Infineon Launches World’s First TPM with a PQC-Protected Firmware Update Mechanism

By Tiera Oliver

Associate Editor

Embedded Computing Design

February 17, 2022


Infineon Launches World’s First TPM with a PQC-Protected Firmware Update Mechanism

Quantum computing is expected to have a significant impact on cybersecurity, specifically on the confidentiality of encrypted data and on the integrity of digital signatures.

To address these challenges, Infineon Technologies AG announced the new OPTIGA TPM (Trusted Platform Module) SLB 9672, a future-proof security solution with a post-quantum cryptography (PQC) protected firmware update mechanism using XMSS signatures.

This mechanism is designed to counteract the threat of firmware corruption by attackers with access to quantum computers and increase long term survivability of the device by enabling a quantum-resistant firmware upgrade path. The standardized, out-of-the-box TPM provides a foundation for securely establishing the identity and software status of PCs, servers, and connected devices, and for protecting the integrity and confidentiality of data at rest and in transit.

Per the company, Infineon’s latest addition of the OPTIGA TPM family is the industry’s first TPM to offer a firmware update mechanism with a 256-bits key length, along with an additional check based on PQC. With this update mechanism, the OPTIGA TPM SLB 9672 can still be updated if the standard algorithms are no longer trusted. Its design is engineered for improved computing performance with fail-safe features that counteract the effects of corrupted firmware. For instance, built-in fail-safe features enable TPM firmware recovery in accordance with the NIST SP 800-193 Platform Firmware Resiliency Guidelines.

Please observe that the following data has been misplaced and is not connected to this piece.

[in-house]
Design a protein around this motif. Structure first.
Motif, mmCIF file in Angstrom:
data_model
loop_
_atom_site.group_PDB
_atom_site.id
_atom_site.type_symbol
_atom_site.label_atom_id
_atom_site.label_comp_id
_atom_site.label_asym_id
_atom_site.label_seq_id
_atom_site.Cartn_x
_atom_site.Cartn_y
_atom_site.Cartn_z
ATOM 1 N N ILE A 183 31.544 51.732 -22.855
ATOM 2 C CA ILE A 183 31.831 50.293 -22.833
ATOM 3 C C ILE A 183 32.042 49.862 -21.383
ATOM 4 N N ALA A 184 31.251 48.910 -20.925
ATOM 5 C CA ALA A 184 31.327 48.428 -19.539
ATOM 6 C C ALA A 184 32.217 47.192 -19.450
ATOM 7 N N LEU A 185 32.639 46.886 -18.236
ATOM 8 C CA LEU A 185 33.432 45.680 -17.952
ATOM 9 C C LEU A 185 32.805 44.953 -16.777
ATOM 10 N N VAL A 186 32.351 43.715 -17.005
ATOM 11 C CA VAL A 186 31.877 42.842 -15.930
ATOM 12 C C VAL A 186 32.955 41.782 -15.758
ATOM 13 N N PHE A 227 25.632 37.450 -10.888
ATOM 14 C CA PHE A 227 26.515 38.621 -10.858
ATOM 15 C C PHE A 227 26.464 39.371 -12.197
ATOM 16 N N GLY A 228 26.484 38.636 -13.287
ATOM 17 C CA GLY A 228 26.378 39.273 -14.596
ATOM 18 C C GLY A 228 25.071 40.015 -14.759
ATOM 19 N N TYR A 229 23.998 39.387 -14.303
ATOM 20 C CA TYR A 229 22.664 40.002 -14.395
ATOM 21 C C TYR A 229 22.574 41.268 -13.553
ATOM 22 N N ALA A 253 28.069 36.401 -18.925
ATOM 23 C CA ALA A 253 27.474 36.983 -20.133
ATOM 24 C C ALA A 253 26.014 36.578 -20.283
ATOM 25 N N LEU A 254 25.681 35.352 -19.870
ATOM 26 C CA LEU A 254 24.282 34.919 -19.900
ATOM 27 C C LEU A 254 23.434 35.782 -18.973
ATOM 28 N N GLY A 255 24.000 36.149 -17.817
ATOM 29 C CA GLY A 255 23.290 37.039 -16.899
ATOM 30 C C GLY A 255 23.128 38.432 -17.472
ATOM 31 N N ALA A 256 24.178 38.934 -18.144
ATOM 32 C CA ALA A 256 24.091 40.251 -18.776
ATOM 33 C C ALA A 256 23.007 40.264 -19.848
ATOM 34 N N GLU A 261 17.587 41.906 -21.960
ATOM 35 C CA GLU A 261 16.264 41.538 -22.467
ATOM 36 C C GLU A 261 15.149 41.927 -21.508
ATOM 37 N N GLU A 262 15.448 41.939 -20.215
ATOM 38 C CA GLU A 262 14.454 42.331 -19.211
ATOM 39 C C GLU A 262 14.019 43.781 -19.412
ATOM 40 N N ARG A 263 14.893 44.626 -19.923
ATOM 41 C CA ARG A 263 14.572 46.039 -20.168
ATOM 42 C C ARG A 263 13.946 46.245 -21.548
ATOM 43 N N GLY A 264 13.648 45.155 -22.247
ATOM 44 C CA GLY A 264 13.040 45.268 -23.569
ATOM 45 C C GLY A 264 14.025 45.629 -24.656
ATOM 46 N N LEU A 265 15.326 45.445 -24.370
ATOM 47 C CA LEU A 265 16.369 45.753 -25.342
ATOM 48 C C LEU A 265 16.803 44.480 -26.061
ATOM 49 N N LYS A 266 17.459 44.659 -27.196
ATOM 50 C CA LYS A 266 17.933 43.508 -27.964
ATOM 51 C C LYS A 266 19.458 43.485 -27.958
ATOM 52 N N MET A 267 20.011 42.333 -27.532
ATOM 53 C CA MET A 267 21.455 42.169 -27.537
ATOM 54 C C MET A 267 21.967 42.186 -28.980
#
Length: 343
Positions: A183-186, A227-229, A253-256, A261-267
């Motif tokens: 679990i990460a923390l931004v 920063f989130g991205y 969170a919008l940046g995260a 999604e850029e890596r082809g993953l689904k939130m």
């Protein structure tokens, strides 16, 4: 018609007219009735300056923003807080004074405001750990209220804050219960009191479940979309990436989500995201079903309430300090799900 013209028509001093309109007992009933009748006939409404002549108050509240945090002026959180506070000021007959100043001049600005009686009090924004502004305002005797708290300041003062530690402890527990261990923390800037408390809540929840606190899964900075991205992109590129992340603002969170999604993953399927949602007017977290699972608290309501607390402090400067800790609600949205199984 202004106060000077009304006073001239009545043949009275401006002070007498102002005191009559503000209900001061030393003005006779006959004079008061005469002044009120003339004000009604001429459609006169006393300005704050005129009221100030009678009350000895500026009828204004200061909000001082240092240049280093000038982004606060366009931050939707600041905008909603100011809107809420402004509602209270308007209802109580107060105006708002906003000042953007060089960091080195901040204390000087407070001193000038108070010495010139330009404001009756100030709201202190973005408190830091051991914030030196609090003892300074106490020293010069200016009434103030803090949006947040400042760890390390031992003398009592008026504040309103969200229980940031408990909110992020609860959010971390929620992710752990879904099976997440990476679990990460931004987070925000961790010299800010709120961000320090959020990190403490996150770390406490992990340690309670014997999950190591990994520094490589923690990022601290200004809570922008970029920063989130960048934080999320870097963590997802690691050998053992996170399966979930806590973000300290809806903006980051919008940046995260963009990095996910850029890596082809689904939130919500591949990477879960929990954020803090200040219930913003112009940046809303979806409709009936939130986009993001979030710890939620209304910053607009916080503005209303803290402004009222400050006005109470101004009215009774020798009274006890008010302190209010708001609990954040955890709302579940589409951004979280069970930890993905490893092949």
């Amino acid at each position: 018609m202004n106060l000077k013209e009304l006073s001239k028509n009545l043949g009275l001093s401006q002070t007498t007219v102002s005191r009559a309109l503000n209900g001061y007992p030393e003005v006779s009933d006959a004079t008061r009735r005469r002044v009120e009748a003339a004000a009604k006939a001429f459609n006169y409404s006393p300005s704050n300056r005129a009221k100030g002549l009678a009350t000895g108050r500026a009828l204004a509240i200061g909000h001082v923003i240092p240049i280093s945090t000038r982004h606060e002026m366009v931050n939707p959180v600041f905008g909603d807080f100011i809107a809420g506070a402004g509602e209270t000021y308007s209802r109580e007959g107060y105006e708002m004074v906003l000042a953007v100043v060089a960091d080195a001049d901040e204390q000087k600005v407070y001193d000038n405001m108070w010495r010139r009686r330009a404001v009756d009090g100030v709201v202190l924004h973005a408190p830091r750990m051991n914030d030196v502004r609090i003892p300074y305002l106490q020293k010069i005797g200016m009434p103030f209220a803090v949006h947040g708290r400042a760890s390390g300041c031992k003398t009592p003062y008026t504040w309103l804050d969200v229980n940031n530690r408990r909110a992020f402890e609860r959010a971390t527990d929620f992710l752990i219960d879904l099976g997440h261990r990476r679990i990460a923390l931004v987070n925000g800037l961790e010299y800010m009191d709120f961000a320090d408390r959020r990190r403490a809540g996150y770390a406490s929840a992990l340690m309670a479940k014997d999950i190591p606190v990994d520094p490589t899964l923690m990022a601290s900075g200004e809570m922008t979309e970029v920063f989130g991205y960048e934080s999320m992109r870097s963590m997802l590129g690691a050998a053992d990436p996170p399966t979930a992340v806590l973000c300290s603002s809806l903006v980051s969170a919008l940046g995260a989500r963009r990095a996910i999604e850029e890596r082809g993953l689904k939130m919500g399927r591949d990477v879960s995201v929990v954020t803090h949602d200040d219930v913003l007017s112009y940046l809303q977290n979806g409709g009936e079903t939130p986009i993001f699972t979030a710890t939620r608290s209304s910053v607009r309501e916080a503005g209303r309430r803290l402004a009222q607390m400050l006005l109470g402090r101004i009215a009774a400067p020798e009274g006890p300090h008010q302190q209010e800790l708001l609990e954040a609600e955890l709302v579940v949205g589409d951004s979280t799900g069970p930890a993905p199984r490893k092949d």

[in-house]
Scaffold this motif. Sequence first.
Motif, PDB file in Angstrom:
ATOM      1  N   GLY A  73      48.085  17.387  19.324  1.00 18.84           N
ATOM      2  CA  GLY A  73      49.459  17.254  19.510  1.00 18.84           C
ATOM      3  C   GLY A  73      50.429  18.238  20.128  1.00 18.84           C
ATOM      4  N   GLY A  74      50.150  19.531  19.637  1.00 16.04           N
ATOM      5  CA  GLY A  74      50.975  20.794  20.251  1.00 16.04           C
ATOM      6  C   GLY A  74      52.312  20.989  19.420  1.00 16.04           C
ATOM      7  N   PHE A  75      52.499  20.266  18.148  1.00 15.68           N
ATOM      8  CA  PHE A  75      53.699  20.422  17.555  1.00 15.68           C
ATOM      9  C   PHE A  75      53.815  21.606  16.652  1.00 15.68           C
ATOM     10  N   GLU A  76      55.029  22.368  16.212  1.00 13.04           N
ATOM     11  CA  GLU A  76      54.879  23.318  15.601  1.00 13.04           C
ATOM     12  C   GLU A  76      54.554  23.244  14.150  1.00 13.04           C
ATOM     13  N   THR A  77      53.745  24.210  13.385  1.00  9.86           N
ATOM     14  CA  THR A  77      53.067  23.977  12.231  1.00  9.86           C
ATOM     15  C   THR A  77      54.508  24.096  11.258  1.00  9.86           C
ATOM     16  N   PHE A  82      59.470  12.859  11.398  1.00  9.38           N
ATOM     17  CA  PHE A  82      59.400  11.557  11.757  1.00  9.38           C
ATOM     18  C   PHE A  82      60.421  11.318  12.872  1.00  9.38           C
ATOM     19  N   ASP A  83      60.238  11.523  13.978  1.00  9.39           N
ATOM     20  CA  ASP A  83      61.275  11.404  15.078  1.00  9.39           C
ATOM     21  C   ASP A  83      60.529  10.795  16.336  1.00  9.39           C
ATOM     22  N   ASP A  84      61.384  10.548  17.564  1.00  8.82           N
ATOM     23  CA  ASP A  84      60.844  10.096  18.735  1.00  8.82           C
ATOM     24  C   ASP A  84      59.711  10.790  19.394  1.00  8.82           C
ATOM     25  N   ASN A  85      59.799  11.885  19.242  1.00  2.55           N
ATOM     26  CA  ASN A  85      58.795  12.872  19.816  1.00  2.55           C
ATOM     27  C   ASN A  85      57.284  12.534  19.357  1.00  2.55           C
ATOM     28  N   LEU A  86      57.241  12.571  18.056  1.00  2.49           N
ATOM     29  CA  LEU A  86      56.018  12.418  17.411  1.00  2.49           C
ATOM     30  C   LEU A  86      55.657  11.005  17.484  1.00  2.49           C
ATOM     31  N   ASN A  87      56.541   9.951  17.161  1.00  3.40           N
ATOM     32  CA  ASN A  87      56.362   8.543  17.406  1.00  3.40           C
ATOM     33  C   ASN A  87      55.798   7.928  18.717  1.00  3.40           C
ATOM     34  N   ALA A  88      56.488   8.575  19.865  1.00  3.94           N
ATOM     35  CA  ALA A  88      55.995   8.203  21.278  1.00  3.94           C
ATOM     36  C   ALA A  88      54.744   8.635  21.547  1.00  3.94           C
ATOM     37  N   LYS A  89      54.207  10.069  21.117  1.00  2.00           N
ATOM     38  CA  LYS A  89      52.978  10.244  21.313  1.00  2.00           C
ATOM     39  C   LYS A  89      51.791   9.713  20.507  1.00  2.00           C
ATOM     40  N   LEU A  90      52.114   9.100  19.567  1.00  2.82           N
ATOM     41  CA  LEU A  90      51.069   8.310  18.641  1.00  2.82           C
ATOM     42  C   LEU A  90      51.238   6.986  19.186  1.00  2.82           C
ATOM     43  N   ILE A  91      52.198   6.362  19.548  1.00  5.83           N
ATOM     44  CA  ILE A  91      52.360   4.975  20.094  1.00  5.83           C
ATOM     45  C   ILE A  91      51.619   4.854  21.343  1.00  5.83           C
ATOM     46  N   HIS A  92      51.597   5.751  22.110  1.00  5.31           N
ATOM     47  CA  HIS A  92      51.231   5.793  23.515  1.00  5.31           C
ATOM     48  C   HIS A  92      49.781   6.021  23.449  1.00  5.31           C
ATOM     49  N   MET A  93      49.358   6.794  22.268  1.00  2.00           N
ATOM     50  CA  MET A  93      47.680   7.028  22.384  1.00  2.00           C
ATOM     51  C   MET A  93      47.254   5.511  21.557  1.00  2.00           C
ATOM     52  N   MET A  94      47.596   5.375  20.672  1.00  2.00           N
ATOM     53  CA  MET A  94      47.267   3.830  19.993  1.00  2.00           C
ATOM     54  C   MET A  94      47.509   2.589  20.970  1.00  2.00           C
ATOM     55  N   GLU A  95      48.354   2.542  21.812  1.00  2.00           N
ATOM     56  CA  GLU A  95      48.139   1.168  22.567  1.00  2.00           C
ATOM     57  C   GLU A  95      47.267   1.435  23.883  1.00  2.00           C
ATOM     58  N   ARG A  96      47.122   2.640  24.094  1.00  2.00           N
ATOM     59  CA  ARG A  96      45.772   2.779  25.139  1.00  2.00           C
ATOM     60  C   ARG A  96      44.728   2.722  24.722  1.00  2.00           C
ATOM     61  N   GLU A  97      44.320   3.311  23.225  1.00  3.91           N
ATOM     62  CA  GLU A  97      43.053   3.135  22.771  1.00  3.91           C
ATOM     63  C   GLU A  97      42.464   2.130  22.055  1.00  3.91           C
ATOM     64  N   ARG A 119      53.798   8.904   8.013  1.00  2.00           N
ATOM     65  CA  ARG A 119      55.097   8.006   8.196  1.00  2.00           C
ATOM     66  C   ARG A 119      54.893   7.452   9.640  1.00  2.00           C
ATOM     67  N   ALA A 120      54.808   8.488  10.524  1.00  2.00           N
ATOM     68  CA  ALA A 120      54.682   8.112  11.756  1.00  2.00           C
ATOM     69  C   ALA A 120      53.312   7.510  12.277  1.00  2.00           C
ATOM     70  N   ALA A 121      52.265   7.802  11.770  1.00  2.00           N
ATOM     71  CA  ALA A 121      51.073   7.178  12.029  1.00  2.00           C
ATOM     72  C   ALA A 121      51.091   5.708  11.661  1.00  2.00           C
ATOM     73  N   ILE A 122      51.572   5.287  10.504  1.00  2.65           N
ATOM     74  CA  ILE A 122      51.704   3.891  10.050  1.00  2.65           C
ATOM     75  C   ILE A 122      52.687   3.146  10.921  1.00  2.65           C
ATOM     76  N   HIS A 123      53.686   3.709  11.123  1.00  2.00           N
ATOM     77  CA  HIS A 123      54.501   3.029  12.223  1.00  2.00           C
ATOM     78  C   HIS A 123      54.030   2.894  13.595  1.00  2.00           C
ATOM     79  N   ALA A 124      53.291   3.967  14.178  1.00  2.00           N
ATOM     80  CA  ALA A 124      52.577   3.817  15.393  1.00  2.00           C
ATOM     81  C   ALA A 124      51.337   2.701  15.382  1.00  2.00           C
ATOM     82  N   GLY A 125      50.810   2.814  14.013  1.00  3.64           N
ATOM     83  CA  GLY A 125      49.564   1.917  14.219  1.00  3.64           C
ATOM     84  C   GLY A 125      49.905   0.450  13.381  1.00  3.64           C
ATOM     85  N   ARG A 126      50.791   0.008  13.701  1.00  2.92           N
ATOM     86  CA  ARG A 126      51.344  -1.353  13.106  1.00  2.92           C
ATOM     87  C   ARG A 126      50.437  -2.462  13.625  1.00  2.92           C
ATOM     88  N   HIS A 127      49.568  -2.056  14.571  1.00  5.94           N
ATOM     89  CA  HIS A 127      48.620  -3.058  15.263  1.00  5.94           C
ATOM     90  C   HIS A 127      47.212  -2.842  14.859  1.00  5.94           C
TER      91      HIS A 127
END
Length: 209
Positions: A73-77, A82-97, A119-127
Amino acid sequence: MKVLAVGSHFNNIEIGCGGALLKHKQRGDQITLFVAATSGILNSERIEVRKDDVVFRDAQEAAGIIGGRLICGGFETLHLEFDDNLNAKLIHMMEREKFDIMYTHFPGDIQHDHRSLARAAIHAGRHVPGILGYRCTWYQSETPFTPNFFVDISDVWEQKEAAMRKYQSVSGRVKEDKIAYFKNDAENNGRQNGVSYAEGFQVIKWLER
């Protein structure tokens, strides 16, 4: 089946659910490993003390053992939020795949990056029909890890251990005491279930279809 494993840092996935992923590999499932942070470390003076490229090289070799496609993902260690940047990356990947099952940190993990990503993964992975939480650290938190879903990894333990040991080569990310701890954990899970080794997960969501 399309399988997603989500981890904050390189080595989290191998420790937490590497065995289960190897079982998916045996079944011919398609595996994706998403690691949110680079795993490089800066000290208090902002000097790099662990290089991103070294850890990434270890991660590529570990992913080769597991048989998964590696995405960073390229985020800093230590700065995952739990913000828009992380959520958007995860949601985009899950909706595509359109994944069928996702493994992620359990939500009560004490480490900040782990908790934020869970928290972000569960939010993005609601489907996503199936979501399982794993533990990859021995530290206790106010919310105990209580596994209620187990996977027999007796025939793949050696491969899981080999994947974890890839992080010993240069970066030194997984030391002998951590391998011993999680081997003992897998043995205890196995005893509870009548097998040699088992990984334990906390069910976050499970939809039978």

This TPM also provides an expanded non-volatile memory to store new features such as additional certificates and cryptographic keys. Security evaluation and certification are performed by independent bodies according to the Common Criteria and FIPS requirements. The new TPM also fully complies with the Trusted Computing Group (TCG) requirements (TPM 2.0 standard version 1.59) and is certified according to the latest TPM 2.0 standard.

Featuring a standardized trust base, as well as various tools to support design activities (software/demo boards), this TPM enables integration with host software. It also supports the latest versions of Windows and Linux. Furthermore, the chip boasts an extended temperature range of -40°C to 105°C. Infineon is committed to the long-term availability of OPTIGA TPM SLB 9672 for a minimum of ten years and offers tailored support and maintenance through the Infineon Security Partner Network (ISPN). With this long-term commitment, customers can rely on the TPM’s continued availability and Infineon’s support.

The OPTIGA TPM SLB 9672 can be ordered now.

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Tiera Oliver, Associate Editor for Embedded Computing Design, is responsible for web content edits, product news, and constructing stories. She also assists with newsletter updates as well as contributing and editing content for ECD podcasts and the ECD YouTube channel. Before working at ECD, Tiera graduated from Northern Arizona University where she received her B.S. in journalism and political science and worked as a news reporter for the university’s student led newspaper, The Lumberjack.

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